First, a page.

The Virtual Blue Ridge Parkway Bookshelf

Guide to the Blue Ridge Parkway

Guide to the Blue Ridge Parkway Book

» Authors: Victoria Logue, Frank Logue, and Nicole Blouin
» Pages: 160 pages
» Size: 9.1″ x 5.8″
» Format: Paperback
» Features: Third edition, color photographs, maps

Flowing among the beautiful mountains and valleys of Virginia and North Carolina, the 469-mile-long Blue Ridge Parkway is a true American treasure. The Parkway delivers unrivaled beauty to millions of motorists as they travel along the scenic byway. Whether going for the day or driving the entire parkway, visitors will want to grab a copy of the Guide to the Blue Ridge Parkway in order to aid their journey.

With a new cover and text design, this third edition milepost guide highlights the many significant points of interest located on and nearby the Parkway, including Mount Mitchell, the highest point east of the Mississippi, Moses H. Cone Memorial Park, and Mabry Mill, one of the most photographed sites on the Parkway. Locations of tunnels, waterfalls, and overlooks, as well as key entry/exit points along the Parkway are noted in the guide as well. Also included in the book is an extensive wildflower bloom calendar, a look at the surrounding geology and human history of the area, and a brief history of the Parkway itself .

A national treasure that was designed to be enjoyed from the seat of a car, the Blue Ridge Parkway reveals the splendor and beauty of the Blue Ridge Mountains. You’ll want a copy of the Guide to the Blue Ridge Parkway if you are planning a visit in order to discover all that the Parkway has to offer.

This milepost guide highlights important destinations and attractions on the 469-mile Parkway, including remnants of historical Appalachia, cultural parks, and campgrouns and trailheads. Sidebars throughout the guidebook cover diverse subjects, such as the preservation of view sheds and the habits of animals that frequent the Parkway. And wildflower enthusiasts will benefit from the bloom calendar, which notes general locations of the flowers and peak bloom times.

Whether you tour the entire length of the Parkway or explore only a few miles , the Guide to the Blue Ridge Parkway will guarantee you get miles of enjoyment out of this American jewel.

About the Authors

Frank and Victoria Logue hiked the entire Appalachian Trail in 1988. They have returned again and again to hike its many sections on day and overnight hikes. Frank served on the Appalachian Trail Conference Board of Managers. The Logues live in Georgia where Frank works as an Episcopal priest while Victoria writes. They both enjoy sharing their love of nature with their daughter, Griffin.

Born in Florida, Nicole Blouin graduated from Appalachian State University in North Carolina, where she fell in love with the mountains. Presently, she lives in Santa Fe, New Mexico, and keeps busy with freelance writing, editing work, and managing a rock climbing gym.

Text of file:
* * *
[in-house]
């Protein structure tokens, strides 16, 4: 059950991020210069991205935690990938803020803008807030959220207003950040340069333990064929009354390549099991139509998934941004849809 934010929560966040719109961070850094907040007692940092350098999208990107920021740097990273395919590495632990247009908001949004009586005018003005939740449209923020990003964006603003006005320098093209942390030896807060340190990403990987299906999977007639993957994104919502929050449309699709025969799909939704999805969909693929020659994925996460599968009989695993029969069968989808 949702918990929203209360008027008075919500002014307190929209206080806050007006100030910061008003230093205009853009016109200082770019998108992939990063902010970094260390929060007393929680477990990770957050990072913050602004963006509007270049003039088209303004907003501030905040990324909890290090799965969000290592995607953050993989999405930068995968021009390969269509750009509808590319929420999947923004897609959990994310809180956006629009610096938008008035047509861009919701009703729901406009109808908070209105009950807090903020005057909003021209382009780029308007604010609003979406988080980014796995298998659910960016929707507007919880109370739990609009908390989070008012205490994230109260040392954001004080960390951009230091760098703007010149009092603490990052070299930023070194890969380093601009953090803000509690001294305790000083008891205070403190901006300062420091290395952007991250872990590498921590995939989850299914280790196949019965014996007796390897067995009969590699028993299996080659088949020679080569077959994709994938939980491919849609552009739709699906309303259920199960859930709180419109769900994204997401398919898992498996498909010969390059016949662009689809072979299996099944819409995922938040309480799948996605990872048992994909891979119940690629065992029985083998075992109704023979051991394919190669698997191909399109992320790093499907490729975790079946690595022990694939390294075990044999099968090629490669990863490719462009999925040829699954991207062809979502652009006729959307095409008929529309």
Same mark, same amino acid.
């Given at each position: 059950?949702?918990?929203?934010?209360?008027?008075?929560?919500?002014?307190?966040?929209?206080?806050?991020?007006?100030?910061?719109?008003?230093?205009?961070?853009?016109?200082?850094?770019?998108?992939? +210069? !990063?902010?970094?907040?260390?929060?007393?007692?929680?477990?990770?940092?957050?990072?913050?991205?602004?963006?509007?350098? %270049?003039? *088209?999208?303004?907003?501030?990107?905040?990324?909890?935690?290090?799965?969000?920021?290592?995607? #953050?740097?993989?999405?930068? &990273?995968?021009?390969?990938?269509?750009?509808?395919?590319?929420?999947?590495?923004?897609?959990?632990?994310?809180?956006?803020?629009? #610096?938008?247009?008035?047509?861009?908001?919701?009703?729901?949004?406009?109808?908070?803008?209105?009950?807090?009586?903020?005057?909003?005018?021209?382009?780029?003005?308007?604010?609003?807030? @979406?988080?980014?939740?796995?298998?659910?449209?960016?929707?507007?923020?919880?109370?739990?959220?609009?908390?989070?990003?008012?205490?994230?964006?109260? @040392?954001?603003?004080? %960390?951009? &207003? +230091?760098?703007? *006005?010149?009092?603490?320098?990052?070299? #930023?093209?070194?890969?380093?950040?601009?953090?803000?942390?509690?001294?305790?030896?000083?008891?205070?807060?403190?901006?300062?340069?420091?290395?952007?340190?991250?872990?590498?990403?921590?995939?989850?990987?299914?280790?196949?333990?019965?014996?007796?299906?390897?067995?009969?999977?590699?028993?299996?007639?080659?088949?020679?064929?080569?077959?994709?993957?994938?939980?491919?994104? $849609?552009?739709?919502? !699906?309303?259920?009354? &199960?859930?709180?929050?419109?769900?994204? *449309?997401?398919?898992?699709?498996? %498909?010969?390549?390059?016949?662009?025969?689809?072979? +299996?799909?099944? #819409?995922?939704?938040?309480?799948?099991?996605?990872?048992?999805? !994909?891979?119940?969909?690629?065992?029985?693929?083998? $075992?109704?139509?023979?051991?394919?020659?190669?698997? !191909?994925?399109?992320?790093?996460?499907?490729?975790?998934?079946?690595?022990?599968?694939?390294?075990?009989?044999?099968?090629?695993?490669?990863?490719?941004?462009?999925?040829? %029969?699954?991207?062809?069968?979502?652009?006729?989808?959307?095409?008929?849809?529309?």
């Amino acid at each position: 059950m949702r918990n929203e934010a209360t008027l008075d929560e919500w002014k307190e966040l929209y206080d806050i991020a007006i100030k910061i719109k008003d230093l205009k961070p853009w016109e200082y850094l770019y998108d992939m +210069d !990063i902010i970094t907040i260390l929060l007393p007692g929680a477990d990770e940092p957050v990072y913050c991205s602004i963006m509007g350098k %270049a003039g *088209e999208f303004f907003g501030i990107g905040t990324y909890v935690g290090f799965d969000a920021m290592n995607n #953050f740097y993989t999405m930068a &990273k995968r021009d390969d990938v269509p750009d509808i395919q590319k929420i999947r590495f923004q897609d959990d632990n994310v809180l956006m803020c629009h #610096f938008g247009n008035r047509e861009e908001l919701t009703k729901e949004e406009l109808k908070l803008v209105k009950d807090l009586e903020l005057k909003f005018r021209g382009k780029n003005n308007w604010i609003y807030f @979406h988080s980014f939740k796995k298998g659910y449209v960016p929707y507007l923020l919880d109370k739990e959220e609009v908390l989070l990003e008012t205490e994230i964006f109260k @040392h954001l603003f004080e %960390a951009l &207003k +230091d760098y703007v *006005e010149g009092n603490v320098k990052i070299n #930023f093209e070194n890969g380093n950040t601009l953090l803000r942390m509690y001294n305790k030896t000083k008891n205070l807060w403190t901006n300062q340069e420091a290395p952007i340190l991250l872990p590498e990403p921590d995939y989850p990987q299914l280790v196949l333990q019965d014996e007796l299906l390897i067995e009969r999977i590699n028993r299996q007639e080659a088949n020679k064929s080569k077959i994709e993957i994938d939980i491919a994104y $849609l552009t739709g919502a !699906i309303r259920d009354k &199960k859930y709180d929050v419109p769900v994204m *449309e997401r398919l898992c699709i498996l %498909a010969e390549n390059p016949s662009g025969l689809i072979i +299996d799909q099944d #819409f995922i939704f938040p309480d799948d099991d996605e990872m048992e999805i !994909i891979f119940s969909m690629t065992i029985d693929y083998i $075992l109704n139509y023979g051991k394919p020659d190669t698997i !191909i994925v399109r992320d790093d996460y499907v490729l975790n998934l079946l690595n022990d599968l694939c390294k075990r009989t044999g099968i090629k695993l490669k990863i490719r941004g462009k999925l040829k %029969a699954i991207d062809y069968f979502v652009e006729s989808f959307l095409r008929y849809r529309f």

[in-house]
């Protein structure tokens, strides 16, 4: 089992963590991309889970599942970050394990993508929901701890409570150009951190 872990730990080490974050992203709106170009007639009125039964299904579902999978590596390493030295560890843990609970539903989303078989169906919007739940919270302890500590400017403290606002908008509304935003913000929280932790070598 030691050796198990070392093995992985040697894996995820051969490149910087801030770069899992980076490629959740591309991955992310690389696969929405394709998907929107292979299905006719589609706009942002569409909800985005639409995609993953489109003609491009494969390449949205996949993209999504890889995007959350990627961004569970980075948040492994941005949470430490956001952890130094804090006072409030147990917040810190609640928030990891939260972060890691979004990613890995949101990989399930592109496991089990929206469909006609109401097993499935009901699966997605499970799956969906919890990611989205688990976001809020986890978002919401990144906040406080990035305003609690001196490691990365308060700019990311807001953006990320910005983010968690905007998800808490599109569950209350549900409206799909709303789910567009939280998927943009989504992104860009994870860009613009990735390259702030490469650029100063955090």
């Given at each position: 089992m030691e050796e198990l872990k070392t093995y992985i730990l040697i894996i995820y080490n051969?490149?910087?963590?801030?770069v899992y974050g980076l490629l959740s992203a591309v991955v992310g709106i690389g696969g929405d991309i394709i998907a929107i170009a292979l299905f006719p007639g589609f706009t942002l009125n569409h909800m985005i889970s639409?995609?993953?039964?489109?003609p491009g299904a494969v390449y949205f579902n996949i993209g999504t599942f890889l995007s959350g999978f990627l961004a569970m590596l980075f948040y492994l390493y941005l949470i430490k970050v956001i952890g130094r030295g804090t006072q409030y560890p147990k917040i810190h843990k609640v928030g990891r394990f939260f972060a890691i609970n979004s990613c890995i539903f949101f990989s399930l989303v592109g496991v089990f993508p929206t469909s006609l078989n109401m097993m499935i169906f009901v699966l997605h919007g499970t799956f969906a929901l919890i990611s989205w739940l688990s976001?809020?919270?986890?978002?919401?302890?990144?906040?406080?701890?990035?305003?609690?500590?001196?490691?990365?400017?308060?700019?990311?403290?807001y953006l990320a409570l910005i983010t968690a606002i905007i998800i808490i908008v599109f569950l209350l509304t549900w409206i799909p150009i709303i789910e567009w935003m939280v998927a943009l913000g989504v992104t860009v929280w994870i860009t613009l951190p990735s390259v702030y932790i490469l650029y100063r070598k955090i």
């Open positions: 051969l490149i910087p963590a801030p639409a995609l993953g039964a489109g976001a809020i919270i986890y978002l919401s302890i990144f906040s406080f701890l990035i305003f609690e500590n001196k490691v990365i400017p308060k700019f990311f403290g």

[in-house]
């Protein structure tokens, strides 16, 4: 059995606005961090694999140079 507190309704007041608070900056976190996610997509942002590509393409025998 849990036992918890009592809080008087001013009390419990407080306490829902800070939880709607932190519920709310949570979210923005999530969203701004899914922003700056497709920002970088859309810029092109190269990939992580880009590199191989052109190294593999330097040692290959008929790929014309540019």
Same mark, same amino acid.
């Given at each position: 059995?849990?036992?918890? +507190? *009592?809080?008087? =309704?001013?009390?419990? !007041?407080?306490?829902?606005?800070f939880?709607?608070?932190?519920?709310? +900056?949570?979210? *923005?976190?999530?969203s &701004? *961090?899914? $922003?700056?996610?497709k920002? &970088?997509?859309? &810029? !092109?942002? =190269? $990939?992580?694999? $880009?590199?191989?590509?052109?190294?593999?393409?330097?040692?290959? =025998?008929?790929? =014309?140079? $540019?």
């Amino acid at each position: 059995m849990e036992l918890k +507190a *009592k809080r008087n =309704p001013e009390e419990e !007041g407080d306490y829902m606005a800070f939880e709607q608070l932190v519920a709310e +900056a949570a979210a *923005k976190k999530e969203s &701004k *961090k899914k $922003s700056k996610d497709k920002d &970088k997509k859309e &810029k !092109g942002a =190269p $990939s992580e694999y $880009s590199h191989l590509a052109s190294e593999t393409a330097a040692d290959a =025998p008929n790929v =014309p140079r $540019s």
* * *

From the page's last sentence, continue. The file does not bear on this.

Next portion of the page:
Table of Contents

  • Introduction
  • A Blue Ridge Sampler: Milepost 0-105
  • American Elk
  • Agriculture along the Parkway
  • National Parks and Forests
  • White-Tailed Deer
  • Hawk Migration
  • Roanoke and the Vicinity: Milepost105-135
  • Blight and Insects Plague Parkway Trees
  • Settlers on the Landscape: Agriculture and Rural Life: Milepost 135-292
  • Fences
  • Log Cabins
  • Mountain Ranges
  • Daniel Boone
  • Groundhog
  • Appalachian Cultural Museum
  • A House Divided
  • Grandfather and the Black Mountains: Milepost 292-380
  • Park Concessions
  • Waterfalls Along the Parkway
  • Building the Parkway Tunnels
  • The Decline of the Fraser-Fir Forests
  • Rhododendrons
  • Asheville and Vicinity: Milepost 380-390
  • Mountains-to-Sea Trail
  • High Mountain Wilderness Views: Milepost 390-469
  • Black Bear
  • Managing Views
  • Air Quality
  • Southern Appalachian Balds
  • Spring Houses
  • Appendices
  • Blue Ridge Parkway Bloom Calendar
  • Blue Ridge Parkway Contact Information
  • Trailheads on the Blue Ridge Parkway
  • Milepost Tunnel Guide
  • Index

Reader Reviews

This book was so much more than I expected. It is very detailed in any and all aspects. All sites along the drive are marked by mile markers right down to the tenth of a mile. There is a brief section that tells about the history of the area. Other sites, stops, overlooks and points of interest are well documented. There are also sidebars to the wildlife that are native to the region. There is a section dedicated to what plants and flowers are in bloom(Bloom Calendar)from Jan. through Dec. Campgrounds are marked by mile markers and they specifically tell how many tent and/or RV sites are available as well as the elevation. Trailheads are marked by state. Tunnels are also marked by mile marker and length. However, the height clearance was not. A must have book for first time and repeat visitors. I also recommend "GUIDE TO THE NATCHEZ TRACE PARKWAY". It is by another author but has the same format.

I was on the B.R. PKWY and needed something more than the simple park map to figure out where the interesting hikes and views were. This book does it and does it well. I have been on the pkwy many times, but some of the history had eluded me until I got to glance through this guide. My buddy liked it so much, he bought his own just because I was always reading it. If you are going to drive the pkwy, I would recommend this book to help you get the most out of your trip.